Sojourner Truth an African-American abolitionist and women's rights activist. Truth was born into slavery in Swartekill, Ulster County, New York, but escaped with her infant daughter to freedom in 1826. After going to court to recover her son, she became the first black woman to win such a case against a white man. Her best-known extemporaneous speech on gender inequalities
Truth was one of the ten or twelve children born to James and Elizabeth Baum free. He Baum free family was enslaved by Colonel Hardenberg. The Hardenberg estate was in a hilly area called by the Dutch name Swartekill (just north of present-day Rifton), in the town of Esopus, New York, 95 miles north of New York City. After the colonel's death, ownership of the family slaves passed to his son, Charles Hardenberg
After the death of Charles Hardenberg in 1806, Truth, known as Belle, was sold at an auction. She was about nine years old and was included with a flock of sheep for $100 to John Neely, near Kingston, New York. Until she was sold, Truth spoke only Dutch She suffered many hardships at the hands of Neely, whom she later described as cruel and harsh and who once beat her with a bundle of rods. Truth said neely beat her daily. Neely sold her in 1808, for $105, to Martinus Schryver of Port Ewen, a tavern keeper, who owned her for eighteen months. Schryver sold her in 1810, for $175, to John Dumont of West Park, New York. Although this fourth owner was kindly disposed toward her, his wife found numerous ways to harass Truth and make her life more difficult.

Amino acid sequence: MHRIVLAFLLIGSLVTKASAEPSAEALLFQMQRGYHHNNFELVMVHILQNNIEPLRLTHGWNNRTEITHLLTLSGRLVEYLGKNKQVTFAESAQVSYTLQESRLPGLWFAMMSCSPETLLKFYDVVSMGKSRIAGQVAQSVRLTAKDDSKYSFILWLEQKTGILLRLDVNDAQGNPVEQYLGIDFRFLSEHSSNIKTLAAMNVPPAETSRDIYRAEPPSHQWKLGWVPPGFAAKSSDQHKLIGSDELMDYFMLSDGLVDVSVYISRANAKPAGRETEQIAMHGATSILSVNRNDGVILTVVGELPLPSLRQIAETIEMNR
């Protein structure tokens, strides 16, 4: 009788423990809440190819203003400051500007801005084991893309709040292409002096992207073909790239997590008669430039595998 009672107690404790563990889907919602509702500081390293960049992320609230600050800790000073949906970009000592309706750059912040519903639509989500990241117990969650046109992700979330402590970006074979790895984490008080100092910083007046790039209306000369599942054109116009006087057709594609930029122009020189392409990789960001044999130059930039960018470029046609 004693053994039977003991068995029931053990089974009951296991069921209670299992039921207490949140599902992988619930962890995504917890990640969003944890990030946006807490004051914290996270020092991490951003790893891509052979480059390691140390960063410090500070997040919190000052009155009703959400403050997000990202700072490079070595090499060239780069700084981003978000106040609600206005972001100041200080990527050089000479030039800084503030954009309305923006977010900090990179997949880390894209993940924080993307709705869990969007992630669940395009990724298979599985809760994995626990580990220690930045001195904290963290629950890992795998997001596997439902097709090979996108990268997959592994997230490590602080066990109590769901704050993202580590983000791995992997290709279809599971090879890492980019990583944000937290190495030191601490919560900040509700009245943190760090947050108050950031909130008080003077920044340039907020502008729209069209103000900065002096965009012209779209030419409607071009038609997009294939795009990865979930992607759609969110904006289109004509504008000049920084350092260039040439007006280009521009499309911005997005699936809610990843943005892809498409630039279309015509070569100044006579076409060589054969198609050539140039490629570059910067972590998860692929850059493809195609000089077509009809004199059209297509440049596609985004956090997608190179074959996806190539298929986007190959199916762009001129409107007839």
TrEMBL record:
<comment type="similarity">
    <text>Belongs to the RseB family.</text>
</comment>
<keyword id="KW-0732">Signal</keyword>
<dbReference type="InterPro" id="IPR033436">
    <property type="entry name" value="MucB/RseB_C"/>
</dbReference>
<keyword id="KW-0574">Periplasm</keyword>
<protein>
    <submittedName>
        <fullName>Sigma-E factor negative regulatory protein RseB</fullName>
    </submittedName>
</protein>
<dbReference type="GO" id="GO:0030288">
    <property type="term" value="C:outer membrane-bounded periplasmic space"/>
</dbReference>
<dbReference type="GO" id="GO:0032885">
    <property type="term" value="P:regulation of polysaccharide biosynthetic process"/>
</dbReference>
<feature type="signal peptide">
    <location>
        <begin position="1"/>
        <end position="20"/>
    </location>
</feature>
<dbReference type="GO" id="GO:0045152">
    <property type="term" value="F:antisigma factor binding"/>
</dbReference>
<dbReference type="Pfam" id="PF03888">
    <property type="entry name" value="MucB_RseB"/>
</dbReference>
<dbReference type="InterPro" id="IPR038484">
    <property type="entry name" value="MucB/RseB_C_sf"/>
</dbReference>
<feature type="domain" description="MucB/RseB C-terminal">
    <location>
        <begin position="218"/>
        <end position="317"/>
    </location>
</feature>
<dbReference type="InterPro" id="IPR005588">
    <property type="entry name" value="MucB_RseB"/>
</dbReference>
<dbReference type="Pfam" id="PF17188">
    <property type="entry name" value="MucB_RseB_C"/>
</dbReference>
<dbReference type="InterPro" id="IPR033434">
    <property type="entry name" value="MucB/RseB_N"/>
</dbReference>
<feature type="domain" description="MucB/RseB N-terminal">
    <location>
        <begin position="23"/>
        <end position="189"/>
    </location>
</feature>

Around 1815, Truth met and fell in love with a slave named Robert from a neighboring farm. Robert's owner (Catlin) forbade the relationship; he did not want his slave to have children with a slave he did not own, because he would not own the children. Robert was savagely beaten and Truth never saw him again. Later, he died from the aforementioned injuries. In 1817, Truth was forced by Dumont